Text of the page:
Who wouldn't want the benefits that the DevOps methodology offers? Blending the development and operations teams into a smooth conveyor belt of applications is ideal in our modern, speed-obsessed culture.
Yes, it requires a culture change in interdepartmental communication. But DevOps adoption demands more than just getting the developers and ops leaders on the same page. DevOps means more automation, and that always has consequences on long-standing elements of the business. A business that embraces DevOps must consider how that will affect IT infrastructure costs.
IT impacts a business on multiple levels, and increasing one aspect of it without putting additional resources into the others creates an imbalance that can ruin any chance for success. Just as programs and code must work together to create a seamless application, the same is true with DevOps and infrastructure.
In this handbook, IT expert Brian Kirsch explains what administrators need to think about from an infrastructure perspective when the business is considering DevOps adoption. Legacy infrastructure often can't keep up with DevOps' fast-paced nature, and it will make sense to upgrade or replace that hardware. But does the cost of those improvements offset the savings that come from DevOps? The answer is different for every business. It's often a question of capital vs. operating expenses, and businesses need to rethink IT infrastructure costs.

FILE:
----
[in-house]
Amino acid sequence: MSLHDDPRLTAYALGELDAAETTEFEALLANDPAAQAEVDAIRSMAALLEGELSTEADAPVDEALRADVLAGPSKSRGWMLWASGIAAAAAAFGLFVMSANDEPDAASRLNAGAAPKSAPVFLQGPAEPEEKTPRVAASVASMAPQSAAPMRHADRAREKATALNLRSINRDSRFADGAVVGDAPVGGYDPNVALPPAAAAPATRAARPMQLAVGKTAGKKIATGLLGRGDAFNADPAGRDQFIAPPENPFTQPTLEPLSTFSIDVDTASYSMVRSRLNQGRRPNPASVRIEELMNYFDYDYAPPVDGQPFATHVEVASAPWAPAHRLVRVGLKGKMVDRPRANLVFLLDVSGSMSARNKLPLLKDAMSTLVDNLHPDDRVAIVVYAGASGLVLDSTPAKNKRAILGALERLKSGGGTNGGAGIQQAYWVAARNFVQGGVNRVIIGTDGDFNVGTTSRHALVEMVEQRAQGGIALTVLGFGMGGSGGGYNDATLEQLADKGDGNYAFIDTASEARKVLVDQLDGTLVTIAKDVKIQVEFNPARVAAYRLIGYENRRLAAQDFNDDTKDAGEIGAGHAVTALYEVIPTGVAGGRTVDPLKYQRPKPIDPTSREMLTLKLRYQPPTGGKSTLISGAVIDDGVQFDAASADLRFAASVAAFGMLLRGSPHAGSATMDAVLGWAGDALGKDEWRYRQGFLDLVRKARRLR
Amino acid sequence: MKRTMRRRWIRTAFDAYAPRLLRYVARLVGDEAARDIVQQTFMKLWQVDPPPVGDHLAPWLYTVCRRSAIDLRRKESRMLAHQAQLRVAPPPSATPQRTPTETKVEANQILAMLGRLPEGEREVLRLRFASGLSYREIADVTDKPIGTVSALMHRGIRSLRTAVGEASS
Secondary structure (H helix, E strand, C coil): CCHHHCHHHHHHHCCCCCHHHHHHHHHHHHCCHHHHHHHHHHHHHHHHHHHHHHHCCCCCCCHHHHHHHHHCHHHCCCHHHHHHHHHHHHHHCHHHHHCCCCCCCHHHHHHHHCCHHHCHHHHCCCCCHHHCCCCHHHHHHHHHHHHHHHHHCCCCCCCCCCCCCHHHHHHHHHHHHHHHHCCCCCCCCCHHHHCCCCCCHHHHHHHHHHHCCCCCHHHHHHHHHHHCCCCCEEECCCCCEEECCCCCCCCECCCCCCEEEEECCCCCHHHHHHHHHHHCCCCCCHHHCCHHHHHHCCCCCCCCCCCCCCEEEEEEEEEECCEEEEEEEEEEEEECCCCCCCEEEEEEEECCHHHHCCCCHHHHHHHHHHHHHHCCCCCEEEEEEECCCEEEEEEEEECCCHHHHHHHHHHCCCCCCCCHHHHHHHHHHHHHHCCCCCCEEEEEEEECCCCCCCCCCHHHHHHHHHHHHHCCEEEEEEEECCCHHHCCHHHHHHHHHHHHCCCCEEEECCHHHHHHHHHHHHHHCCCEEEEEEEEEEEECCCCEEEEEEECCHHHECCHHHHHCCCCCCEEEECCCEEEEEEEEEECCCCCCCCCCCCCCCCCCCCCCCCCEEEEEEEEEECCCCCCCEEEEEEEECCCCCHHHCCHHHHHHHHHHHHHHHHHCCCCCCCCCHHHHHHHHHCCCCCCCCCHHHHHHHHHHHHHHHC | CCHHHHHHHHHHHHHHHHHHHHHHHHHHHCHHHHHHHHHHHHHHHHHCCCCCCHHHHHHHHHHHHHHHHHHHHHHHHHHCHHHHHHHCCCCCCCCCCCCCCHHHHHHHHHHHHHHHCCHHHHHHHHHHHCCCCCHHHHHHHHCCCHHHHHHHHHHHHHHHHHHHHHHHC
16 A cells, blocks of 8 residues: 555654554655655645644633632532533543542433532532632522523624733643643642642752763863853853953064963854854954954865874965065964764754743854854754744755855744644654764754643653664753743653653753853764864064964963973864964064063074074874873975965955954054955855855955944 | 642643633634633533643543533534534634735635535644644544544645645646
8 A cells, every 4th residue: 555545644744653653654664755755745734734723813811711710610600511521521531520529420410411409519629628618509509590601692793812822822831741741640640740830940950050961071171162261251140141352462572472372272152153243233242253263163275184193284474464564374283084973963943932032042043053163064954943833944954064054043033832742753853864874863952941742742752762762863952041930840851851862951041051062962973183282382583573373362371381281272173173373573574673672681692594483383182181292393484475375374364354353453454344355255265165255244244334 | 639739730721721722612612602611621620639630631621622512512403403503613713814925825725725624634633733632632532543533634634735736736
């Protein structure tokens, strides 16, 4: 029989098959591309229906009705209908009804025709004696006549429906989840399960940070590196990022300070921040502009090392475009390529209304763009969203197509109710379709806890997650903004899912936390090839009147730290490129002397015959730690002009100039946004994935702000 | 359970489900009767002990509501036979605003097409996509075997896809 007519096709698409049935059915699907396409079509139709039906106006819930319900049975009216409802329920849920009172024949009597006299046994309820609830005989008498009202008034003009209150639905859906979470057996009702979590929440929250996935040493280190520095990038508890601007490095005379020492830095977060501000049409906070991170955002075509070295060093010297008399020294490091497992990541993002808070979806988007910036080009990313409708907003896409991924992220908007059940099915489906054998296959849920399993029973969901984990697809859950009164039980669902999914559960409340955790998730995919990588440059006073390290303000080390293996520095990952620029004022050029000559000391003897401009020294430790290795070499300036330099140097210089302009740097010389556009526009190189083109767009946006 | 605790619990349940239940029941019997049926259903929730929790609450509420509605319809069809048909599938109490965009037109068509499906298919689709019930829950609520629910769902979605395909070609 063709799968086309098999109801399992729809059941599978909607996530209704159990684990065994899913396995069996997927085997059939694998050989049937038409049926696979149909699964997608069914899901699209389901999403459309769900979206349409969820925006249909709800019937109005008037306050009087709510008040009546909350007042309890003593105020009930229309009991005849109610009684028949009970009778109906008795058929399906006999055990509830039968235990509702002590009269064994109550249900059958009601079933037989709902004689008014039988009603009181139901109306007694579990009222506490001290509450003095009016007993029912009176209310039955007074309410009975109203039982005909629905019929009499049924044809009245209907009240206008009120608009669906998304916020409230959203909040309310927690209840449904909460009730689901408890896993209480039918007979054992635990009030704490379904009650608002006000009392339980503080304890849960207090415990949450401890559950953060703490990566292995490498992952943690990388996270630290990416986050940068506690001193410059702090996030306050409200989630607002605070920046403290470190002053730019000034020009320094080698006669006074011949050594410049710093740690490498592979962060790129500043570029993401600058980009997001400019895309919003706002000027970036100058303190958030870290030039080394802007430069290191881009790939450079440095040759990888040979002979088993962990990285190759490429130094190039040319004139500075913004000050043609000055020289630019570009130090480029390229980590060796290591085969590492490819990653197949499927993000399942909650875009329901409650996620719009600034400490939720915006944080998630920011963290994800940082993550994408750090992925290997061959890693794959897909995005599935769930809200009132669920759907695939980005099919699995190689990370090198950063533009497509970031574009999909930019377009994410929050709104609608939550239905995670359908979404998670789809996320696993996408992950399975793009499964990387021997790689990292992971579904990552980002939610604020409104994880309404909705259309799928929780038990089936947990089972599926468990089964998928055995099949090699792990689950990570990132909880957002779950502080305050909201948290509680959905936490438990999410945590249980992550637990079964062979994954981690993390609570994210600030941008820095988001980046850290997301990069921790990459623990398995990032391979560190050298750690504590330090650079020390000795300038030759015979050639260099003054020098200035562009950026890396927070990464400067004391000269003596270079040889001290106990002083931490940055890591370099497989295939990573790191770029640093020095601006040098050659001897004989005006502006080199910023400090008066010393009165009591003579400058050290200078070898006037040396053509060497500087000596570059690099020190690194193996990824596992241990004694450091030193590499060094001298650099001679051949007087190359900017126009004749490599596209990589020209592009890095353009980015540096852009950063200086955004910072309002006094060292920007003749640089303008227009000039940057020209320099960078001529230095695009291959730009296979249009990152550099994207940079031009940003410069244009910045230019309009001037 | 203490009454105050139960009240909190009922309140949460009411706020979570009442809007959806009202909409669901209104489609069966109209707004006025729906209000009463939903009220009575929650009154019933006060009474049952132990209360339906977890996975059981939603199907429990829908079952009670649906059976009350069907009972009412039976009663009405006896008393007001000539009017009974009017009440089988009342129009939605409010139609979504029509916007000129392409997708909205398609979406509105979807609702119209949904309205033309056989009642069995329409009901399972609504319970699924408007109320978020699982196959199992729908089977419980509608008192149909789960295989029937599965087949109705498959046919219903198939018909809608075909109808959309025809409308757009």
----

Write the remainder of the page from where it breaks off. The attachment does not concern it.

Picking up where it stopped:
DevOps is part of the push to be continually faster. Hardware will always be part of the equation, though, and admins shouldn't keep it out of mind.